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Earlier this morning, you were a powerhouse of effective decision making, amazing productivity, boundless energy, and motivation. It’s after four in the afternoon now, and you just had a small, but still quite impressive, nervous breakdown when someone asked you what you wanted in your coffee. You have reached decision fatigue; without consciously being aware of it, your brain has shut down all rational thinking processes and turned off your mental ability to make any more balanced decisions. Now what?
Decision fatigue may seem to happen suddenly and without warning, but your mind’s decision-making capacity had already been slowing down for hours prior to the coffee incident. Your brain’s reaction to long hours of making choices is to slowly lose the ability to use rational thought in making important decisions.
Decision-making fatigue is a well-researched phenomenon that many of us already experienced long before Roy F. Baumeister, a social psychologist, gave it a name. It’s the reason we signed up for an extended warranty on a product that cost less than the warranty itself, why we chose doughnuts instead of a nutritional snack, and the reason you bought season tickets for a sport you actually don’t like.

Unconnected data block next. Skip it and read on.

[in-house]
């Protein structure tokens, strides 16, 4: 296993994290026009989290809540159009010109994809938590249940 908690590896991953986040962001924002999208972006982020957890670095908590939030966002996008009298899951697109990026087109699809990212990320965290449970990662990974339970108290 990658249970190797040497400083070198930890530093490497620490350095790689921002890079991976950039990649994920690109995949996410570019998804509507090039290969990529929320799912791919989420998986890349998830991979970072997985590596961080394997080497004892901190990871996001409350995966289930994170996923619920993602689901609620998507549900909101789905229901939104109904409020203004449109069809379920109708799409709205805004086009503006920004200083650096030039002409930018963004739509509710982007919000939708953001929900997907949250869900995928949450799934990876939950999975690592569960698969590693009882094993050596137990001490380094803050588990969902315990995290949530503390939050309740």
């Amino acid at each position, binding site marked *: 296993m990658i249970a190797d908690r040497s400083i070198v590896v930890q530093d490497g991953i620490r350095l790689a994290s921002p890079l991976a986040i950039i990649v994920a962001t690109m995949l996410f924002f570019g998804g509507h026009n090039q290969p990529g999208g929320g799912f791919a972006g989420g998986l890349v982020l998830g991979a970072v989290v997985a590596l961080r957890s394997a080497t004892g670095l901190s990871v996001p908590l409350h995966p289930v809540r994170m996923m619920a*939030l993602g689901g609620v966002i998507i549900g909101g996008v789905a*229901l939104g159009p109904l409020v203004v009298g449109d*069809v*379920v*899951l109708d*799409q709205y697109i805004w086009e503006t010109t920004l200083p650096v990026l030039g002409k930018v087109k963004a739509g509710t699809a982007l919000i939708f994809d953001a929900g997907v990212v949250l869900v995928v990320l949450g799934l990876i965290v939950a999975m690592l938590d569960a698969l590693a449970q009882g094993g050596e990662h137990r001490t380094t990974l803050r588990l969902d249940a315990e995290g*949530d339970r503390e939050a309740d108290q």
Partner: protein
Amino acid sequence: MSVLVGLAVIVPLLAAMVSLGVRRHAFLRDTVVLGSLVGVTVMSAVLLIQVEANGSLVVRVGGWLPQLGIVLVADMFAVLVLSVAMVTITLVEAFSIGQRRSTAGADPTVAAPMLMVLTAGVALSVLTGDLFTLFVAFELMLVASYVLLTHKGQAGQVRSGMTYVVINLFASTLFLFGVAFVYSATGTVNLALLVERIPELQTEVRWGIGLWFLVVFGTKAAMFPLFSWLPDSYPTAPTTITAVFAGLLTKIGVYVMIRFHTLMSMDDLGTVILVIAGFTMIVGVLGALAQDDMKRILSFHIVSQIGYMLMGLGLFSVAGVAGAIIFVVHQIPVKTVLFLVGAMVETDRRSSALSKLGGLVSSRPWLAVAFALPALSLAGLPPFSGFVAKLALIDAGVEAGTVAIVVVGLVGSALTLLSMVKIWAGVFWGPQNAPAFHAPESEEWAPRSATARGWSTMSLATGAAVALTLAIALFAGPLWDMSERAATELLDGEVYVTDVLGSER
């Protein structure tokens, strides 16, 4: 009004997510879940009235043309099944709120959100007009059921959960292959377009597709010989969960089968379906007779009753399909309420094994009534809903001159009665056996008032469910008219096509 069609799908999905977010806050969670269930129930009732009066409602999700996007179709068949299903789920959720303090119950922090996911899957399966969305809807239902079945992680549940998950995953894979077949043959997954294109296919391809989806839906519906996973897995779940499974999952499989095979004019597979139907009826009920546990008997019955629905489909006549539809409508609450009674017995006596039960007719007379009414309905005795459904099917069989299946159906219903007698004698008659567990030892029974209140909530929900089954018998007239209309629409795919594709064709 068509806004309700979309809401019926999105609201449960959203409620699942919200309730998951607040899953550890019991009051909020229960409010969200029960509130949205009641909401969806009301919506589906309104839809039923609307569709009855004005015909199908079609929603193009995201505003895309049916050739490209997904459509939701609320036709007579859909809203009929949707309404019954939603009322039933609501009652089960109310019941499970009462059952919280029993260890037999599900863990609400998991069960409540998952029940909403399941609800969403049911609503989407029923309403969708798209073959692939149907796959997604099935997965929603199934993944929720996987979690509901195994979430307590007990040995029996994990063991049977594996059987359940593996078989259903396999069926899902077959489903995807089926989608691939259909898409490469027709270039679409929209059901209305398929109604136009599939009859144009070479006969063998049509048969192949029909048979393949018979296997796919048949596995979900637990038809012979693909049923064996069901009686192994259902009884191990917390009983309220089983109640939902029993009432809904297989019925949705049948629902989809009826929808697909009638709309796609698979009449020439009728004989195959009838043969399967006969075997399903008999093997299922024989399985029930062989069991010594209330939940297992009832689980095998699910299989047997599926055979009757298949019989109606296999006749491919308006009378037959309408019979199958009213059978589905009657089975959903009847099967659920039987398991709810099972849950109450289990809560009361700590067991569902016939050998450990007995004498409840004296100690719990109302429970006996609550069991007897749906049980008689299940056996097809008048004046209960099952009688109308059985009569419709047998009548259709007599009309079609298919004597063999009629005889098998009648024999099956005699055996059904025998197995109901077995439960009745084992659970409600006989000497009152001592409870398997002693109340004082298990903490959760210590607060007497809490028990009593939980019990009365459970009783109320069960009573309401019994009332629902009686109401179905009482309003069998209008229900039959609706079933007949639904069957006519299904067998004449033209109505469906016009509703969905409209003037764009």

When the brain reaches its decision-making limit, it convinces us to take the path of least resistance. These decisions are often the result of not having the mental stamina to argue with anyone, not thinking clearly, and making a careless decision just to get it out of the way.
Decision fatigue is different from physical fatigue, but it may be influenced by exhaustion too. It is characterized by poor choices generally made later in the day, in both business and personal situations. It results in:
Even the simplest decisions we make daily will fuel decision making fatigue, so streamlining less important choices will make a difference in our ability to combat it. Successful entrepreneurs know that choosing an outfit in the morning can drain decision making energies; that’s why many of them wear the same clothing every day. Other ways to combat decision fatigue include:
In a structured work environment, bosses can delegate tasks to all coworkers in the office. As an entrepreneur, it may be just you and your computer throughout the entire working day. A smaller staff certainly doesn’t mean fewer decisions, though. You can expect that at some point during your day, you may experience decision fatigue; don’t be afraid to shut down the computer and call it a day if you do (before you end up with a pony in your apartment).
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